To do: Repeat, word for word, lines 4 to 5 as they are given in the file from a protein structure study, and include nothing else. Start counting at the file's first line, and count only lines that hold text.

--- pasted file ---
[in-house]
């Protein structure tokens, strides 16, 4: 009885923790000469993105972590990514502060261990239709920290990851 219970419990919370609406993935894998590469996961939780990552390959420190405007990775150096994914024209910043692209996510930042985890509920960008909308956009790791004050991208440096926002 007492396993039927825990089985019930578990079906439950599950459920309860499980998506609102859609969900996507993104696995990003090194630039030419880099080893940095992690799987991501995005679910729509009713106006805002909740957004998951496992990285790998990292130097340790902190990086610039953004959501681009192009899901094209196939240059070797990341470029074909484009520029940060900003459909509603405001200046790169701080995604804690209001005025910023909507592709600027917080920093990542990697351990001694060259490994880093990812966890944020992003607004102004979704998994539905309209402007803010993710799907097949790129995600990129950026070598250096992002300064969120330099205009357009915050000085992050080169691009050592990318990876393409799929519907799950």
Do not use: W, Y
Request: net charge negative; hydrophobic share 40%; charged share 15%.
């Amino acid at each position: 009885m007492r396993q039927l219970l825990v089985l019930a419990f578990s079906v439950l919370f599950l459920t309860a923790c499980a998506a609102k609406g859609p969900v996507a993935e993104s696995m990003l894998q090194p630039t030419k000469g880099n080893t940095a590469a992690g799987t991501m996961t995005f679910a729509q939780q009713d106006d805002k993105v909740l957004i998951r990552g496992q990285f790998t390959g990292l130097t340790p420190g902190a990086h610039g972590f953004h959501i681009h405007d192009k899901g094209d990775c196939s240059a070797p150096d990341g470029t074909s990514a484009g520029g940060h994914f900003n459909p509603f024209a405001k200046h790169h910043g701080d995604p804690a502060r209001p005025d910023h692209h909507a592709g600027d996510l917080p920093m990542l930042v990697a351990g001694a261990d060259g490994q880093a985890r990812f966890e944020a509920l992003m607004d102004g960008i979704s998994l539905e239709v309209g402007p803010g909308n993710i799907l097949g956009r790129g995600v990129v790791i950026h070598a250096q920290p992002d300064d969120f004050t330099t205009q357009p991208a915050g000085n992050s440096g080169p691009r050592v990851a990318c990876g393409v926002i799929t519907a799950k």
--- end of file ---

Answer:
Request: net charge negative; hydrophobic share 40%; charged share 15%.
């Amino acid at each position: 009885m007492r396993q039927l219970l825990v089985l019930a419990f578990s079906v439950l919370f599950l459920t309860a923790c499980a998506a609102k609406g859609p969900v996507a993935e993104s696995m990003l894998q090194p630039t030419k000469g880099n080893t940095a590469a992690g799987t991501m996961t995005f679910a729509q939780q009713d106006d805002k993105v909740l957004i998951r990552g496992q990285f790998t390959g990292l130097t340790p420190g902190a990086h610039g972590f953004h959501i681009h405007d192009k899901g094209d990775c196939s240059a070797p150096d990341g470029t074909s990514a484009g520029g940060h994914f900003n459909p509603f024209a405001k200046h790169h910043g701080d995604p804690a502060r209001p005025d910023h692209h909507a592709g600027d996510l917080p920093m990542l930042v990697a351990g001694a261990d060259g490994q880093a985890r990812f966890e944020a509920l992003m607004d102004g960008i979704s998994l539905e239709v309209g402007p803010g909308n993710i799907l097949g956009r790129g995600v990129v790791i950026h070598a250096q920290p992002d300064d969120f004050t330099t205009q357009p991208a915050g000085n992050s440096g080169p691009r050592v990851a990318c990876g393409v926002i799929t519907a799950k």